There's a music industry seminar called Show Me The Money being held at the MarBar in West Philadelphia on Sunday afternoon, aiming to help anyone's interested in getting their head around what it takes to make a living in a business that's been turned upside down in the last decade. Luminaries such as original gangsta rapper Schoolly D (that's him), Marc Brownstein of the Disco Biscuits, Philadelphia rapper Freeway, producer Prince Paul, Geoff Gordon of Live Nation, R5 Productions promoter Sean Agnew, WXPN program director Dan Reed and former Inquirer music critic Tom Moon will be on hand. The event starts at 2, and $20 gets you lots of brilliant advice, plus performances by Toy Soldiers, Kuf Knotz and Lady, plus tacos. More info here.
Previously: Springsteen Goes Gaga For Rainforest
This is just too deliciously, wonderfully strange: Last night at Trudy Styler and Sting's annual Rainforest Foundation benefit at Carnegie Hall, Bruce Springsteen was joined for an all-hands-on-stage grand finale version of Journey's "Don't Stop Believin'," by Lady Gaga, Elton John, Dame Shirley Bassey, Debbie Harry, Sting, and a whole bunch of dudes jumping around in colored jockey shorts. Witness the audience video below, and tell me how Gaga stands up in those shoes. Read Jim Farber of the NY Daily News' review of the show here.
Previously: Buzzcocks at the Troc
The Buzzcocks were one of the greatest - and most frequently overlooked - British bands of the punk era. The Mancunian foursome led by Pete Shelley and guitarist Steve Diggle specialized in adrenalized sonic assaults that never stinted on songcraft. The hits, such as they were, were "Orgasm Addict," "What Do I Get?" and "Ever Fallen In Love (With Someone You Shouldn't've)" but their two classic 1978 albums Another Music From A Different Kitchen and Love Bites were power punk-pop packages that didn't let up from start to finish. On the Another ... Bites tour, which comes to the Troc on Friday night, the current version of the 'Cocks, which includes Shelley and Diggle, will play both in their entirety. (Never fear, the songs are short.) Bass player Steve Garvey, who played on both albums and didn't play for the Los Angeles Dogers in the '70s, gave up touring with the reunited band in 1992, and now lives in New Hope in Bucks County. These days, Garvey (he's the one on the left) works for Toll Brothers as a carpenter, handyman and self-described "jackass of all trades," but tonight he'll be up on stage for the encore with his old mates. Get there early for the The Dollyrots. More info here.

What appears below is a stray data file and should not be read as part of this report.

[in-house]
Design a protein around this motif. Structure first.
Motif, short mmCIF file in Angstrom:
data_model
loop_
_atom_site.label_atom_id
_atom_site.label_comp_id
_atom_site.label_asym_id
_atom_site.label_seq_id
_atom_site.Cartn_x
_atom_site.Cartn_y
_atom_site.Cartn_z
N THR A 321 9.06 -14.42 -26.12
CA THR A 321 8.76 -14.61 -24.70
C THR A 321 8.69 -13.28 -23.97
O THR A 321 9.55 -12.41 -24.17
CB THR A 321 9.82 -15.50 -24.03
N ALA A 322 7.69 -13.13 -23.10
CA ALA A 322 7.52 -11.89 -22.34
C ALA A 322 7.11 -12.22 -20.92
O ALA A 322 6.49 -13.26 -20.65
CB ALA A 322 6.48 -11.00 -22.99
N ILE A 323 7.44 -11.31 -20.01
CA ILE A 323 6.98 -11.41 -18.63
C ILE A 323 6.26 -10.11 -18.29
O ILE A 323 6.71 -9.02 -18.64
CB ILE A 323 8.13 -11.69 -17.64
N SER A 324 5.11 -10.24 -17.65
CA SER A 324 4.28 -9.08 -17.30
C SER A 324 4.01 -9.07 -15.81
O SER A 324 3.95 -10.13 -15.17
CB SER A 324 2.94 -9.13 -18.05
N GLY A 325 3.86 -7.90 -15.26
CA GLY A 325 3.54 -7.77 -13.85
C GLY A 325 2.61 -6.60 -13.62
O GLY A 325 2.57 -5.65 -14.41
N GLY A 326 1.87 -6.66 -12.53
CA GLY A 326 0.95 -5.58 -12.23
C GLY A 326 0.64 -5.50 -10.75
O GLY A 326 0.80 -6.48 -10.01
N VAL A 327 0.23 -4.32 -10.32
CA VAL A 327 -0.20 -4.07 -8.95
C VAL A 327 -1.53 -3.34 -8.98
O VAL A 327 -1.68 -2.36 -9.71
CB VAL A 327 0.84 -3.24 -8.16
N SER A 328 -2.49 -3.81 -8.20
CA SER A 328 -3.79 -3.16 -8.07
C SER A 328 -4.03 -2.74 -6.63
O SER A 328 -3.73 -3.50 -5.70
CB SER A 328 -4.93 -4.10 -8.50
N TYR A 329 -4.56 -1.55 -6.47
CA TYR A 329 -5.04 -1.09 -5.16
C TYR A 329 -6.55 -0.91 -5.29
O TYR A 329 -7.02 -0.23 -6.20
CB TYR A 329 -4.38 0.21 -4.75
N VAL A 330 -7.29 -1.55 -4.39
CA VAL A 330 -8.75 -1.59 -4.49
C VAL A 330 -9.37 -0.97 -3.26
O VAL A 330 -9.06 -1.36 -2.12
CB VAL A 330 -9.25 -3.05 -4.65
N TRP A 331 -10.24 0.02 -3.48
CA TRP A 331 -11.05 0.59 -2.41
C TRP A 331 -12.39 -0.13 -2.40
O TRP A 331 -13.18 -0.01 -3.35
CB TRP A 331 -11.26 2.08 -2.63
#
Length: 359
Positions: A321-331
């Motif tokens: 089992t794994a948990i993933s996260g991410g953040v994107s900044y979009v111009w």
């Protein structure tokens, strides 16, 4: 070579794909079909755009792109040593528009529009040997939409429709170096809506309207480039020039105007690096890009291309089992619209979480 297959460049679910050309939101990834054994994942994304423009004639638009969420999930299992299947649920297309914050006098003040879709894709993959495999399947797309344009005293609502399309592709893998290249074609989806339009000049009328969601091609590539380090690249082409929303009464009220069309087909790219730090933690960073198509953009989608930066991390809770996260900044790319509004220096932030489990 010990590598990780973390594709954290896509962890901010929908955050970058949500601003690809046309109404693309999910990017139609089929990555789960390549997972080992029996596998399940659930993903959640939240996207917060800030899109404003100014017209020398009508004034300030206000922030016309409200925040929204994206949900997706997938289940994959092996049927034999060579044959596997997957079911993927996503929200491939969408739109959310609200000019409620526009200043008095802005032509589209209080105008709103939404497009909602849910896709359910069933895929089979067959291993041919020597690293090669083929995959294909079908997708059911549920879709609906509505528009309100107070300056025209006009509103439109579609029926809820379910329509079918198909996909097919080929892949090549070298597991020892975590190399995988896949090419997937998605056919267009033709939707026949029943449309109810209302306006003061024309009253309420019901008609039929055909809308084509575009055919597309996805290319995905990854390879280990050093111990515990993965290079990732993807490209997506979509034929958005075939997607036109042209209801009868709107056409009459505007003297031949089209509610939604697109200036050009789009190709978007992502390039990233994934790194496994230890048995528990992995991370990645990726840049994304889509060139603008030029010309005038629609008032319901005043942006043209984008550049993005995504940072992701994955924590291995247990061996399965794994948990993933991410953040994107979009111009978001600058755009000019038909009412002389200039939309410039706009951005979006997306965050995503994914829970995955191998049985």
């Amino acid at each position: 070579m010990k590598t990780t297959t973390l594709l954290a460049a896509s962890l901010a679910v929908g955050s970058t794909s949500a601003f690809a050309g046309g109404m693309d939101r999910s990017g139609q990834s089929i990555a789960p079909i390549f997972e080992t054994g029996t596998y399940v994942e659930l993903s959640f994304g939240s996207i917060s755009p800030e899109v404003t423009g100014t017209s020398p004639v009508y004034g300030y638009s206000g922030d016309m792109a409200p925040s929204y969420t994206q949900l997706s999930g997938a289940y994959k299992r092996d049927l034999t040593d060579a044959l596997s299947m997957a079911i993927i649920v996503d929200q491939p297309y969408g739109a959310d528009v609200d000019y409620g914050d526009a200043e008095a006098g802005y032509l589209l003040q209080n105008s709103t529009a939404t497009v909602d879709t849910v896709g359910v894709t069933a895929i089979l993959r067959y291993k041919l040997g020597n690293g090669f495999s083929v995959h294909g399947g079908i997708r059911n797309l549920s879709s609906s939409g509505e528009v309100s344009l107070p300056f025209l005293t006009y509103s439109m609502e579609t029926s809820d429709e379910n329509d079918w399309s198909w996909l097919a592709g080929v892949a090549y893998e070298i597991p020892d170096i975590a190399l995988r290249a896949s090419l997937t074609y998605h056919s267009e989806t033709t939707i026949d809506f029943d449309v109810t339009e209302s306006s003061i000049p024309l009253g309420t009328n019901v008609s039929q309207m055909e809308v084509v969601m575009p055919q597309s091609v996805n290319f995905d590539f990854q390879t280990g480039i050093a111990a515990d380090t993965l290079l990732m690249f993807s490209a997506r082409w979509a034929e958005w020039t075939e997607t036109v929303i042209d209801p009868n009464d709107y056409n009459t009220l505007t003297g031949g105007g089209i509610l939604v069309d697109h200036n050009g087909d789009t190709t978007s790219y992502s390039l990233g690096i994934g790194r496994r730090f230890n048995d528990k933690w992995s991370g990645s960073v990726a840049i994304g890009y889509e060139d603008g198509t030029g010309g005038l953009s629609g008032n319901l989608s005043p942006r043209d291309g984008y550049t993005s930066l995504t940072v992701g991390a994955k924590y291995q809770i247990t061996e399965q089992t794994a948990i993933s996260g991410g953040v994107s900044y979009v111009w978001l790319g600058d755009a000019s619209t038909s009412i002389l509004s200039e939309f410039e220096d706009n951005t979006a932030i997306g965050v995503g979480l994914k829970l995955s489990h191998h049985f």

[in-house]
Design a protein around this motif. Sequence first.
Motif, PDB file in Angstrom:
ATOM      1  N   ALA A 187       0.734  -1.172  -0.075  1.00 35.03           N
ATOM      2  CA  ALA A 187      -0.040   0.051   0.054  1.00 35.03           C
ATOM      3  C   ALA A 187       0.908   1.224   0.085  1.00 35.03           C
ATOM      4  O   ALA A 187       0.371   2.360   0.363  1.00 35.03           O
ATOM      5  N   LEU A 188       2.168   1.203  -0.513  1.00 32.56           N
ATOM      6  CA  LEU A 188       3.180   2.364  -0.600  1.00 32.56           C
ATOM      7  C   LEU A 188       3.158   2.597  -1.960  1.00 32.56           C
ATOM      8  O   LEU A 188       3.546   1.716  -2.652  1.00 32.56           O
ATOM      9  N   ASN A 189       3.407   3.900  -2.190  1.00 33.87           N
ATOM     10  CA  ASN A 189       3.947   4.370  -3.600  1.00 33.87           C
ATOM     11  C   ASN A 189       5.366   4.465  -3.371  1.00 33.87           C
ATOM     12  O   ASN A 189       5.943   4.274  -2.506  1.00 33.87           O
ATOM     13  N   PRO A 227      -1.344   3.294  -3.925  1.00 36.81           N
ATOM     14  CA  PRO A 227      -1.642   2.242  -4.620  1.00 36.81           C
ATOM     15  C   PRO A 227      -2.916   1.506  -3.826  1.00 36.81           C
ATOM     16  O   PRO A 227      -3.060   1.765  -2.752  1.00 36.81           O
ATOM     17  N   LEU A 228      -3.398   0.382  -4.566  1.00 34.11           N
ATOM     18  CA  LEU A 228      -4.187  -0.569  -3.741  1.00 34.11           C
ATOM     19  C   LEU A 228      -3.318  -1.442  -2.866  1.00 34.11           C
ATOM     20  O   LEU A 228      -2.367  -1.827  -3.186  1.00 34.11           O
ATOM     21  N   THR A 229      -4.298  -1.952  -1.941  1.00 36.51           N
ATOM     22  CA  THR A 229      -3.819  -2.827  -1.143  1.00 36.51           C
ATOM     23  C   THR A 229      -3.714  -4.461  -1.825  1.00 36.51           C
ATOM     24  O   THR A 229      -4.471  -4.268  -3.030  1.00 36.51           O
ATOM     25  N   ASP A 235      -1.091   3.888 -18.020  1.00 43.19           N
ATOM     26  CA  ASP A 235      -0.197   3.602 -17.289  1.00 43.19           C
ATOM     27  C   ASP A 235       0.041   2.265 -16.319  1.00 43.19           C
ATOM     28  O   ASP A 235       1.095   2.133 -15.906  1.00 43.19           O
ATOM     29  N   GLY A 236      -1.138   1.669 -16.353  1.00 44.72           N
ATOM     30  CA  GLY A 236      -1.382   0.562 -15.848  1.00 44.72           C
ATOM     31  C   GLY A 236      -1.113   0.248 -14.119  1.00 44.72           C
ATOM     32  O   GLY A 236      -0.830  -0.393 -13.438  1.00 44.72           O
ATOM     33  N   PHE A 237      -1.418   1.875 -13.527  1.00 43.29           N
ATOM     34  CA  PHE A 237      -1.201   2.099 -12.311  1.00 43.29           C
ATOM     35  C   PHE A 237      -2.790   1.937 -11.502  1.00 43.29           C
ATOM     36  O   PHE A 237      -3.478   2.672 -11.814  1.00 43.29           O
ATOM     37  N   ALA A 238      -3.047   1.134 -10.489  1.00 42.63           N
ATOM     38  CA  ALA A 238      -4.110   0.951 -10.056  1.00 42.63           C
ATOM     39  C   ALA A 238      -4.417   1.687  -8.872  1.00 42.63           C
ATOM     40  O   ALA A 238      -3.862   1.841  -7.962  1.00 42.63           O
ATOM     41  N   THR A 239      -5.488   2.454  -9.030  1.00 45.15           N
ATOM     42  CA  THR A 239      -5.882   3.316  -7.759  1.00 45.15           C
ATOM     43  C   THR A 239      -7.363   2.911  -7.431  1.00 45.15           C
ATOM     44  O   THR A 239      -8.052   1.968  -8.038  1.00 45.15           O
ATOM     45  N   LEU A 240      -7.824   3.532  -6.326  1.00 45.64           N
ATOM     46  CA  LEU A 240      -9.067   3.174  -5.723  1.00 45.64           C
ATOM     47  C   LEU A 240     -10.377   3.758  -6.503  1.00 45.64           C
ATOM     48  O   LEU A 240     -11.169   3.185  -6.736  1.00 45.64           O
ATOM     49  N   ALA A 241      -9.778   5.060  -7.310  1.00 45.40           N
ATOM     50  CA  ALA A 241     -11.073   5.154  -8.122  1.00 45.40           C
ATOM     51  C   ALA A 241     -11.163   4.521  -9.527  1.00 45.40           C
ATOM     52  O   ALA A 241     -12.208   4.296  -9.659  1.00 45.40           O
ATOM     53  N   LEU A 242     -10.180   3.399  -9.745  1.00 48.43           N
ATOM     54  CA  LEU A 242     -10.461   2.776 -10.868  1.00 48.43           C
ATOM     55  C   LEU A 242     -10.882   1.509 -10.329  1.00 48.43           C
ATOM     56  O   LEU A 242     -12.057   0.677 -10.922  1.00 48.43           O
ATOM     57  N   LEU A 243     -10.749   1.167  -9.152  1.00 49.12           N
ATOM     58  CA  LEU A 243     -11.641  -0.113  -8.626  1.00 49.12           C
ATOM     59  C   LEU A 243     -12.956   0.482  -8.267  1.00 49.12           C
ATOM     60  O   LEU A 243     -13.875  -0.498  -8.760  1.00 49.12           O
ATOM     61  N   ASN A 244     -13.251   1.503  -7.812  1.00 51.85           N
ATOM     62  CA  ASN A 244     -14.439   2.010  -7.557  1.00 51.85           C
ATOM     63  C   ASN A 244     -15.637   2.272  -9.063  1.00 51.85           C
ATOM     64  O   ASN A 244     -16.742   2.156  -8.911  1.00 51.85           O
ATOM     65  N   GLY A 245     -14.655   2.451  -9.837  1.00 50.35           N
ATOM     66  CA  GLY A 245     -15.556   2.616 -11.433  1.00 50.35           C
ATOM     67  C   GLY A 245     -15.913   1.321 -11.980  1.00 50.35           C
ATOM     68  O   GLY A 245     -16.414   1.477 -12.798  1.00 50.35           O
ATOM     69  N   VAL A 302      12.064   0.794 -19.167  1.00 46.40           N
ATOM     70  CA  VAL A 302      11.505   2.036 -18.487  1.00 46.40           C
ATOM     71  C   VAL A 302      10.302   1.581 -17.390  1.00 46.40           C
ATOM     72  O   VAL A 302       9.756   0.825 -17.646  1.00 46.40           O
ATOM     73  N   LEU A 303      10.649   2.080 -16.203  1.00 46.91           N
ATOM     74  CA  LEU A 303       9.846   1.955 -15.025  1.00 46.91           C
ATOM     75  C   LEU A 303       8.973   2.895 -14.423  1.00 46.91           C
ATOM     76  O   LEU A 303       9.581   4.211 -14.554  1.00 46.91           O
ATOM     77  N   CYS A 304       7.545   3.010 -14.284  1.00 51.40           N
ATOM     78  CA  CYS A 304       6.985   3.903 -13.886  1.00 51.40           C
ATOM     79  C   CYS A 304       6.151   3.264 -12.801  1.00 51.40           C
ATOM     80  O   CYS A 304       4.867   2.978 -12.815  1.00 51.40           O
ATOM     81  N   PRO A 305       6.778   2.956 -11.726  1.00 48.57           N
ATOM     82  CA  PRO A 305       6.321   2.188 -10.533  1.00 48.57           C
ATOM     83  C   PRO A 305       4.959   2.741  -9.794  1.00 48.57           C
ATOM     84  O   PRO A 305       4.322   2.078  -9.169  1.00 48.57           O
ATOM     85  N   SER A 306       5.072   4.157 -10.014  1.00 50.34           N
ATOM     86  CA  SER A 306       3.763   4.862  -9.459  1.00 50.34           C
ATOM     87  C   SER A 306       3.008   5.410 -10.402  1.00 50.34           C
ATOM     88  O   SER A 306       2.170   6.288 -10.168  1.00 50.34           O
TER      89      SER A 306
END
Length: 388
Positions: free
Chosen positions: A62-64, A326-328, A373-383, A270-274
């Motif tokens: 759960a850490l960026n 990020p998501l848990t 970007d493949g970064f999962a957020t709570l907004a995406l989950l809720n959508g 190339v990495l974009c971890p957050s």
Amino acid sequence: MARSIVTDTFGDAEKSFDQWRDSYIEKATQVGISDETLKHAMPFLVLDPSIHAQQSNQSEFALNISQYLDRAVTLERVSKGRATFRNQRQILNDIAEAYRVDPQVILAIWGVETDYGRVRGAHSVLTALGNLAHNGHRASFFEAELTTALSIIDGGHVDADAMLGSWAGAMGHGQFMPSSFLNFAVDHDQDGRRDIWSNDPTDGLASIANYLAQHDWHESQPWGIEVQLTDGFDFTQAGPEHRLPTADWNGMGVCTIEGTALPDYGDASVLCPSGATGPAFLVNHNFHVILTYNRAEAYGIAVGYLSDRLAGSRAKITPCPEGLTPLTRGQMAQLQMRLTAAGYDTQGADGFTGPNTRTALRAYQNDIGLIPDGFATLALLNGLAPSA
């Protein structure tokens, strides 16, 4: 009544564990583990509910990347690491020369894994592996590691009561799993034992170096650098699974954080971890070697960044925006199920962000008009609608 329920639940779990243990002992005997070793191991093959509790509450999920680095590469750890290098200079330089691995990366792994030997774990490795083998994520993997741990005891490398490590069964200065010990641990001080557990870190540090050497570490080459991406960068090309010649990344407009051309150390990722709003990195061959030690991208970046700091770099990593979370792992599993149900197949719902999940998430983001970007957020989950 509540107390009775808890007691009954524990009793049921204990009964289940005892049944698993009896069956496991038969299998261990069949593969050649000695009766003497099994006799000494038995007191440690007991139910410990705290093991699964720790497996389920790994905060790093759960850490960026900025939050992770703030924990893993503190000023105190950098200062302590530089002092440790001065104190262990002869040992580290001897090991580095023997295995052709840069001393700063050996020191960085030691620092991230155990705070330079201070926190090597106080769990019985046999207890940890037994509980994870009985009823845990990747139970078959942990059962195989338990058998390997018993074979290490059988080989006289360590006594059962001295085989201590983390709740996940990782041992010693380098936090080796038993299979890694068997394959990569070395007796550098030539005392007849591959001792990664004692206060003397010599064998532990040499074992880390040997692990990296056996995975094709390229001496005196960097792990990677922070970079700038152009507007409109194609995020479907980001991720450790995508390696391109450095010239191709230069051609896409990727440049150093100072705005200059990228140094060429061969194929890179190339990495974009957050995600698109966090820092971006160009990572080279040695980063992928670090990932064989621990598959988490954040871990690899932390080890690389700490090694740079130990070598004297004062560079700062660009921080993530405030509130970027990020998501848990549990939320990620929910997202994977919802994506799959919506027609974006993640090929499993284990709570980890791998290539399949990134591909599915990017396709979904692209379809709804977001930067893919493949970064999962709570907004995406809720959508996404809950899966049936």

Previously: Dr. Dog At The Electric Factory
Eddie Argos is quite possibly the funniest man in rock and roll. The leader of Art Brut has currently gone batty with the side project Everybody Was In The French Resistance ... NOW! The band's debut album Fixin' The Charts 1 consists entirely of answer songs to other people's hits. "Billie's Genes," "Hey! It's Jimmy Mack," for example. The concept works well enough, but it's Argos' inspired stage patter that's really worth the price of admission. Above, Argos performs, dressed like The Mentalist, at the SXSW music fest. Tonight, EWITFR...N! will be at the North Star Bar. Below, the band, which also includes his real life girlfriend Dyan Valdes, does "G.I.R.L.F.R.E.N. (You Know I've Got A)."
Previously: Show Me The Money on Sunday